The story of humanity’s redemption, restoration and reconciliation after sin and brokenness is the meta-narrative of scripture. It is in this context that both testaments speak of the importance God places on the unity of his redeemed people. Unity is neither an abstract doctrine nor an unattainable dream; it is the standard to which God’s diverse people are both called and empowered to live.
Like a scarlet cord, the theme of unity weaves through the Bible, culminating in Paul’s revelation of the “one new man” in the letter to the Ephesians and embodied in the multi-cultural throng from every family, tribe and tongue gathered together to worship the Lamb in Revelation 7. The brokenness caused by sin is finally healed and humanity is fully reconciled to God and to one another. One of the fruits of this reconciliation is unity.
Part of sin’s pervasive legacy is humanity’s seemingly inherent tendency to separate into warring factions. The gospel message is intended to overcome the enmity of sectarianism and division while maintaining the integrity and uniqueness of multiculturalism. As individuality is retained in the redeemed individual’s relationship with God, so is the uniqueness of diverse cultures preserved (Revelation 7:9). Jesus’ prayer for the unity of his disciples in John 17:20-23 is not a cry for uniformity, but is rather a prayer that through the harmonious relationships among the disciples, paralleling the relationships within the Godhead, God’s love would become visible to the world.
Unity among God’s People
Psalm 133 is particularly instructive regarding the connection between unity, ministry and blessing in the framework of relationship within the people of God. Unity in this psalm is described as both ultimately good and experientially pleasant. This unity is compared to abundant moisture—dew from Mount Hermon, appearing in a normally dry place, the mountains of Zion in the Judean desert (133:3a).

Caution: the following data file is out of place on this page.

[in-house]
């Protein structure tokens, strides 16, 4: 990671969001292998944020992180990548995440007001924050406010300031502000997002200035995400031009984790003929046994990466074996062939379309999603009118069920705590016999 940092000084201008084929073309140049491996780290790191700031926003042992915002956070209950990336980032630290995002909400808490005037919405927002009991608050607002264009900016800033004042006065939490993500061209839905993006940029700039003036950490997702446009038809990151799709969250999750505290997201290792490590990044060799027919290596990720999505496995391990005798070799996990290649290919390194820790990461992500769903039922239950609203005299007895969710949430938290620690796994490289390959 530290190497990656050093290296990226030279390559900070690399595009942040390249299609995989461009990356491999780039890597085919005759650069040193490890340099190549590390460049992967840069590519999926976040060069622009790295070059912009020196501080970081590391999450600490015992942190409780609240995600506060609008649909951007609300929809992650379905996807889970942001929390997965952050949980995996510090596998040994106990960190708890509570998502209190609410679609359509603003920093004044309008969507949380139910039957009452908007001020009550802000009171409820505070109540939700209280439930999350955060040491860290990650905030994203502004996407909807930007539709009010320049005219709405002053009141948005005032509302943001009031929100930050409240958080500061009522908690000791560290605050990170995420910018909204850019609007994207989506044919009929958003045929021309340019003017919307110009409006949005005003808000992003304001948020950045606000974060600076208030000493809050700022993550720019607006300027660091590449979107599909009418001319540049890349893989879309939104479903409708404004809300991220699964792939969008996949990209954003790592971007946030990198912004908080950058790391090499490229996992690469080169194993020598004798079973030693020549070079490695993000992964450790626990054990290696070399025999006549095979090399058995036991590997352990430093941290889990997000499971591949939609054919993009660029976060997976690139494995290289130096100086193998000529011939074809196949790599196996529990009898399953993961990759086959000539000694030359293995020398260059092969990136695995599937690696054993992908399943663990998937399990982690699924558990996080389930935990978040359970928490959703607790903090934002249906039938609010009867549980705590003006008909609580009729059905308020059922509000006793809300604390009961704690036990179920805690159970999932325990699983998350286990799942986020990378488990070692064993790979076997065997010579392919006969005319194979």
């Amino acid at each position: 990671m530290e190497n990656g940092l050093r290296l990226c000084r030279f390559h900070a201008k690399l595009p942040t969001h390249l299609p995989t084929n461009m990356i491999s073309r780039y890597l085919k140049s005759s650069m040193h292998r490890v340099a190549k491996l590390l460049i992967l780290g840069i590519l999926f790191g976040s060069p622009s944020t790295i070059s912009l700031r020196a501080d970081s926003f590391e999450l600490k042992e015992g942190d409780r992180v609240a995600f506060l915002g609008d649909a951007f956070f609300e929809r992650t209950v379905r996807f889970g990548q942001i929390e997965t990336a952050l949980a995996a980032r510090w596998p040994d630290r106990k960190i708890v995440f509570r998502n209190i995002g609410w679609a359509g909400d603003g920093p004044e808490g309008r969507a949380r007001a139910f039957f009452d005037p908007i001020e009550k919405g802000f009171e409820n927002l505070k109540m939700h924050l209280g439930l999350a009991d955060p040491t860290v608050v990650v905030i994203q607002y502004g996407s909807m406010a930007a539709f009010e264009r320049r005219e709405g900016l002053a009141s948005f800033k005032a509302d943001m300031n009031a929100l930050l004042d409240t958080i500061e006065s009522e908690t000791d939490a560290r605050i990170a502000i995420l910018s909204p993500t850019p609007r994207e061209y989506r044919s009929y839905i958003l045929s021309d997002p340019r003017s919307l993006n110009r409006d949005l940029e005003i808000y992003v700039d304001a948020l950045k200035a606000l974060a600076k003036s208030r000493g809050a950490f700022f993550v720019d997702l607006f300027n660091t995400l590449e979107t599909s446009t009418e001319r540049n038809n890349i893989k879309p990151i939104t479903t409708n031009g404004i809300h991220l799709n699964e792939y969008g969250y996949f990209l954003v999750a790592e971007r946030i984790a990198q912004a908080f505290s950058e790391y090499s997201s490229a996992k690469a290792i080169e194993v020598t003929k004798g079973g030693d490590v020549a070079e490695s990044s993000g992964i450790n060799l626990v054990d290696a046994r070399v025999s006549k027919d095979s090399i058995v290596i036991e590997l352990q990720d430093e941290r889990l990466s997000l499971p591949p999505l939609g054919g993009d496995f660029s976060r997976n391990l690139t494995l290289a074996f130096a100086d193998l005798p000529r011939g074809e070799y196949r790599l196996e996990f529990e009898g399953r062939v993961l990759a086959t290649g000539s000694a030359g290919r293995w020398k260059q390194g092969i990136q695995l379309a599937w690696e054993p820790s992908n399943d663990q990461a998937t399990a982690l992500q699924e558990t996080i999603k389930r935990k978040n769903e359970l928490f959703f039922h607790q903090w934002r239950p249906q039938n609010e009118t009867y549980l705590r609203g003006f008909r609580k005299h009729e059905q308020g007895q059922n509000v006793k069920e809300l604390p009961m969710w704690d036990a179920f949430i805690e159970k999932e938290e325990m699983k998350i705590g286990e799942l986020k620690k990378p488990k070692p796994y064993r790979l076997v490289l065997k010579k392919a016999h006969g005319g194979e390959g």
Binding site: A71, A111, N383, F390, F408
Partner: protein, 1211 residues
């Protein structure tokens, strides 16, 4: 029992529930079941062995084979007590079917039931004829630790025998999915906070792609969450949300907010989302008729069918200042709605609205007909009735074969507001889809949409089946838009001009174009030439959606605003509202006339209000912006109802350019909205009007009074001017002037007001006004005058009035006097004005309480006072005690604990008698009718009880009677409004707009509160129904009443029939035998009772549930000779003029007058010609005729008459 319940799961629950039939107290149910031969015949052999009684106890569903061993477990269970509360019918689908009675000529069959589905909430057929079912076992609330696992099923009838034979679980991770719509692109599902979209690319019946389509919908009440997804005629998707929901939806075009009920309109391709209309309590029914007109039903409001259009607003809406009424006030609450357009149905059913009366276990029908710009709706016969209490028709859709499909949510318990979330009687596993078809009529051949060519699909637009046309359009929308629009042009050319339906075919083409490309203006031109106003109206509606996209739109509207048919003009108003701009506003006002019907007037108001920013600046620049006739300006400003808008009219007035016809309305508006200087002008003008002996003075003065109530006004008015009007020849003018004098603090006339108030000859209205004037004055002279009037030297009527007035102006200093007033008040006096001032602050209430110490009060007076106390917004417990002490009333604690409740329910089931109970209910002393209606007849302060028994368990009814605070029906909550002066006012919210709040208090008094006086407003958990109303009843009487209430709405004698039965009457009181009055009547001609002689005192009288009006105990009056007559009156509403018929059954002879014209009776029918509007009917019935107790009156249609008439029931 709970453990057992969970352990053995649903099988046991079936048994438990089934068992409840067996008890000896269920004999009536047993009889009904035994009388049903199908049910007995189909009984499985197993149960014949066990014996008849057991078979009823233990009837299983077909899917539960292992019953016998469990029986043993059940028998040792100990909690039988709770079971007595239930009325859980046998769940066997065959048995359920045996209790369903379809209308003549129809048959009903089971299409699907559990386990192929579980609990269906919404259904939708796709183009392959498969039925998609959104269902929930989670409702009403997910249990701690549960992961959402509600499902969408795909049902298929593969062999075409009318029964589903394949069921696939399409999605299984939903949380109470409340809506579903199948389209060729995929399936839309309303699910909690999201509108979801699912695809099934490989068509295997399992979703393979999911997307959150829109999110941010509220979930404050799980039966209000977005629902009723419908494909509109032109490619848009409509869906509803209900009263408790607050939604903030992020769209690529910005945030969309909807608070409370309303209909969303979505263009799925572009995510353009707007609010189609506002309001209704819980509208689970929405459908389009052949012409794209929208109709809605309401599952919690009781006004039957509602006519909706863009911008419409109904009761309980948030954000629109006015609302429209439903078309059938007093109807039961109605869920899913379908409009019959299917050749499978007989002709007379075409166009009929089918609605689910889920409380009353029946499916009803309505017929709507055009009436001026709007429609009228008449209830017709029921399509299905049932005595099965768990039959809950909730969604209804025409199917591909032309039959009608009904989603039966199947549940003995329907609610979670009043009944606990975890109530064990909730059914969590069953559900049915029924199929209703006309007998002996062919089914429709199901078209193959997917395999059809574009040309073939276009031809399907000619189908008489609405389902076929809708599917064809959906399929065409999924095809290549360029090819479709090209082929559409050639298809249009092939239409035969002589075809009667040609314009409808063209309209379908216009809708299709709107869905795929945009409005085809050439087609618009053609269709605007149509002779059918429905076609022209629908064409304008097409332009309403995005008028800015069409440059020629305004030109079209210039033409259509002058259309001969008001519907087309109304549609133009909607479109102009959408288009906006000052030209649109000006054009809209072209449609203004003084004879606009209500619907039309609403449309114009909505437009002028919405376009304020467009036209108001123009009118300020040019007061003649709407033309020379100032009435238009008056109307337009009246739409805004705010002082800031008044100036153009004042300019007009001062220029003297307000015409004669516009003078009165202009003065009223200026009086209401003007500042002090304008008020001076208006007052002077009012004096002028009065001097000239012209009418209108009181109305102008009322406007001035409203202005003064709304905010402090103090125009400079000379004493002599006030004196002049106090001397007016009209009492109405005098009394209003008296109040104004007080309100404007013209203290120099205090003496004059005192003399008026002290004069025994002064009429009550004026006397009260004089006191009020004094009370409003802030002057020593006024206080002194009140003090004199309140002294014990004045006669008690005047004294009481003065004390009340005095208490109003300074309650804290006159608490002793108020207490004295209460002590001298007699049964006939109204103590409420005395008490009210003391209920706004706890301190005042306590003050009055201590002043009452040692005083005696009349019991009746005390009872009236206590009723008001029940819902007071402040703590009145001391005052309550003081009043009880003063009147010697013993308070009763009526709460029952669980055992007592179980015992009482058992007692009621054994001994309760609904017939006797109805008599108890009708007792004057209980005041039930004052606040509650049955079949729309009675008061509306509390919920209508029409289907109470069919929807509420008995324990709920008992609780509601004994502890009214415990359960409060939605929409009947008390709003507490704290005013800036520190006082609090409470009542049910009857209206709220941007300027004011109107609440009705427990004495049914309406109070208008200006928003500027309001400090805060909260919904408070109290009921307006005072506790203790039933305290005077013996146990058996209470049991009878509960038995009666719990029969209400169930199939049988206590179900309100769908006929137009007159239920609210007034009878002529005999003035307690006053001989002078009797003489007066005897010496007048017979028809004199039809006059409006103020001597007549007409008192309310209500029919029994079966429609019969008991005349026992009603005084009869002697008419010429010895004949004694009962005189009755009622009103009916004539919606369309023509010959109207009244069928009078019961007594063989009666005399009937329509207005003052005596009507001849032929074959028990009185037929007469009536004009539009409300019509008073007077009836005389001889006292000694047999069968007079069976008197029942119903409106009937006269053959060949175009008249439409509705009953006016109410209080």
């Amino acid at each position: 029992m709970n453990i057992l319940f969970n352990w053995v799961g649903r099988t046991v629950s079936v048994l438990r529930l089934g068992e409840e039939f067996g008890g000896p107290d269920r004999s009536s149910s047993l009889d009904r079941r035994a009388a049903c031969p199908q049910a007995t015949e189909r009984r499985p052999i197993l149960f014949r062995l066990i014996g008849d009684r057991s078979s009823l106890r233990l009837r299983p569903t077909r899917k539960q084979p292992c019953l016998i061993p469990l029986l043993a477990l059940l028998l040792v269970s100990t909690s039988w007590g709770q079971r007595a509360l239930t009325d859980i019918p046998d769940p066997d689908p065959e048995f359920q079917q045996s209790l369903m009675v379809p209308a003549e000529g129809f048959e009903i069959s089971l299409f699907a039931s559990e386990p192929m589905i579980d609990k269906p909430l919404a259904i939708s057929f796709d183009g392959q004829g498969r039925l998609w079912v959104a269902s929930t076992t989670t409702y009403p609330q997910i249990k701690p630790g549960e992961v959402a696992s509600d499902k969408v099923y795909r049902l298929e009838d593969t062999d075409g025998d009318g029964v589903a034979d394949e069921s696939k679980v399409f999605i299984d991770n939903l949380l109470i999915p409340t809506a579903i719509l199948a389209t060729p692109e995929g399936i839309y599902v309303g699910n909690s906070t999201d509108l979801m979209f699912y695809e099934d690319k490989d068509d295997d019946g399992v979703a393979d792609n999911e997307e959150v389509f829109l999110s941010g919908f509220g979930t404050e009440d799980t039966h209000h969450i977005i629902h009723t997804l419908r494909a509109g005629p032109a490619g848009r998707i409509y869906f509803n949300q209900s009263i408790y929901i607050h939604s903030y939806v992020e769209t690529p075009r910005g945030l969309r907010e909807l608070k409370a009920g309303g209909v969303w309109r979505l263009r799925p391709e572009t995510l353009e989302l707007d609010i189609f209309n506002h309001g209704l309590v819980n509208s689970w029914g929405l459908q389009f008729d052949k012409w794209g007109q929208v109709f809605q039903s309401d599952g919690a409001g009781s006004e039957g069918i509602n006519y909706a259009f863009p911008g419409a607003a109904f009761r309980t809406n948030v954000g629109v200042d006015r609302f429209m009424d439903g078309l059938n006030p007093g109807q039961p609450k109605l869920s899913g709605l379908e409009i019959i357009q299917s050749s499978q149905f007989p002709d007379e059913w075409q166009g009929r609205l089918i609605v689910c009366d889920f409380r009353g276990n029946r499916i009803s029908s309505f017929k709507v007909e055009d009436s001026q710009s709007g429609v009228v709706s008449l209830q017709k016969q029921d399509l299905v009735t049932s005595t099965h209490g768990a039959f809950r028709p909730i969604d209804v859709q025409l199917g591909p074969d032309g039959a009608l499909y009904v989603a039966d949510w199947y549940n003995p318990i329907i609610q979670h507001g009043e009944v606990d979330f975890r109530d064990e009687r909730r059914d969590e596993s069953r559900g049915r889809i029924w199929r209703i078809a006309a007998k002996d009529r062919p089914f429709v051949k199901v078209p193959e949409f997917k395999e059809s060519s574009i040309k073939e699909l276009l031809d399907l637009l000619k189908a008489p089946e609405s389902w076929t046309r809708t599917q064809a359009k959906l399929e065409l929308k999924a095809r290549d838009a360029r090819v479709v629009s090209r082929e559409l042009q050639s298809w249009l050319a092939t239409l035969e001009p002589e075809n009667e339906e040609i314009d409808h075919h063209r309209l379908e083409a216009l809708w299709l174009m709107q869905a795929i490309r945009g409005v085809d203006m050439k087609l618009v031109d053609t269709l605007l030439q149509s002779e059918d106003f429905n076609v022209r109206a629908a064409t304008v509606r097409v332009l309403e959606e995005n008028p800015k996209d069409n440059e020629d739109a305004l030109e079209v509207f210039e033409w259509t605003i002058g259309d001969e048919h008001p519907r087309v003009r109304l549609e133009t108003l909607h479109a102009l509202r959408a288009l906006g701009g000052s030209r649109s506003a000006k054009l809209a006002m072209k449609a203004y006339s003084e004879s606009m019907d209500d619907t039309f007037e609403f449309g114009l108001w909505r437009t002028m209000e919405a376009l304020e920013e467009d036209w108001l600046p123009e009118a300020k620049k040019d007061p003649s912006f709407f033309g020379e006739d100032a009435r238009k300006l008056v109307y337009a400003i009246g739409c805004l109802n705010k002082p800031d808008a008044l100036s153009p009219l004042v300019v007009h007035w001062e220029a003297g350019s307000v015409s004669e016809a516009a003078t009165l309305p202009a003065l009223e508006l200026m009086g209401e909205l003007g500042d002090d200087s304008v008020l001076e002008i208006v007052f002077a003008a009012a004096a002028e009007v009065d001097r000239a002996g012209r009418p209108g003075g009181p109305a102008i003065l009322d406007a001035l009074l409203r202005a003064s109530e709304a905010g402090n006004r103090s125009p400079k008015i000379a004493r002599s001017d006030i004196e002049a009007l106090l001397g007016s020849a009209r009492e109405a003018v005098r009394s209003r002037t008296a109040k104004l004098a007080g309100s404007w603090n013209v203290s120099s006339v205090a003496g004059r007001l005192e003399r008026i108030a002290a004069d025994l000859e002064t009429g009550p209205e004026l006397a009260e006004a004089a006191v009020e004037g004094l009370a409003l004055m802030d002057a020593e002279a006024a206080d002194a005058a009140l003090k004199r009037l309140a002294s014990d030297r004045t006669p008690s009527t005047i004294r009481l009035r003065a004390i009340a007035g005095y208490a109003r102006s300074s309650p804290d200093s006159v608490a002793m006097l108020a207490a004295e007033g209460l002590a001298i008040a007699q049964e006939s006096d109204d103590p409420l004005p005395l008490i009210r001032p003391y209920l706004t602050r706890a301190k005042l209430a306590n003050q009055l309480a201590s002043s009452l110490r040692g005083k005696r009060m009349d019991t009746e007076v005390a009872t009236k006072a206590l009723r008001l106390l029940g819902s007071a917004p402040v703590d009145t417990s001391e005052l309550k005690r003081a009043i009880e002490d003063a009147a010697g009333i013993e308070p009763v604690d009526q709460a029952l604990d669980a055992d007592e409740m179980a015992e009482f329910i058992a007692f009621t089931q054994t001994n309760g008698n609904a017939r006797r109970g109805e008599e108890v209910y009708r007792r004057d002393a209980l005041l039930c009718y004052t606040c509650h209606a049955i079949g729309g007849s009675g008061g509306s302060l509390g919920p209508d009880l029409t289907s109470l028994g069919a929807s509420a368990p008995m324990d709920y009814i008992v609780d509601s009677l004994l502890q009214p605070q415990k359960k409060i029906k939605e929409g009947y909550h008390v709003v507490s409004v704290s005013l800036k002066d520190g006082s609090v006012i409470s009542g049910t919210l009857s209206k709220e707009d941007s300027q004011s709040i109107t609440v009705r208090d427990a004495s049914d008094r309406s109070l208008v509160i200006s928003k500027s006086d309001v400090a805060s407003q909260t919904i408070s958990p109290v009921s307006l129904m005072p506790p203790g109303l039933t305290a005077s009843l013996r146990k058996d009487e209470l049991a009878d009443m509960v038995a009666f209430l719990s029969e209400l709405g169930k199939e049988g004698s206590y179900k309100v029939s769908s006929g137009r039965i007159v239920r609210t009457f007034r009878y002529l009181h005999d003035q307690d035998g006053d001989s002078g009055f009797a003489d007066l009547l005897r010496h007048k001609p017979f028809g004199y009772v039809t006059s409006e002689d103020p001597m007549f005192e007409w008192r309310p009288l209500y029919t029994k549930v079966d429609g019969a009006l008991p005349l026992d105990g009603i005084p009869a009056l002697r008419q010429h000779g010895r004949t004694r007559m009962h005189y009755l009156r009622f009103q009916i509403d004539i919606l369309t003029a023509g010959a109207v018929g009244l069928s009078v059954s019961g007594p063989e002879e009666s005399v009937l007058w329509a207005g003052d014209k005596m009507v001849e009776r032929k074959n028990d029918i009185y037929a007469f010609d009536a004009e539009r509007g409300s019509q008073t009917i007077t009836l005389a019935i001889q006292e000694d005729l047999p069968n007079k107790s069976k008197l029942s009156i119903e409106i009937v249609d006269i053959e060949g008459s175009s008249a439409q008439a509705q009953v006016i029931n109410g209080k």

“How good and pleasant it is when
In scriptural terms, dew is symbolic of refreshing and blessing. The heart of this psalm contains an additional metaphor for the blessing of unity. Aaron, the high priest, is pictured as being anointed to such a degree that he is completely drenched with oil (133:2). Anointing the priest was to empower him for ministry before God and to the people. The blessing of unity, God’s people in harmonious relationship, is refreshment and empowerment for service bringing everlasting life and it is commanded by God himself (133:3b).
The world in the twenty-first century is deeply divided across ethnic, racial, national and political lines. Humanity’s penchant to divide into warring factions is everywhere in evidence. Conflicts are both ancient and modern and they are ubiquitous around the globe. Tragically, the message of the gospel has not always resulted in unity among God’s people living in places of conflict, especially when they are on opposite sides of ethnic, national, racial or political divides. Unity among God’s people is particularly important in times and places where ethnic conflict exists.
Unity in the Middle East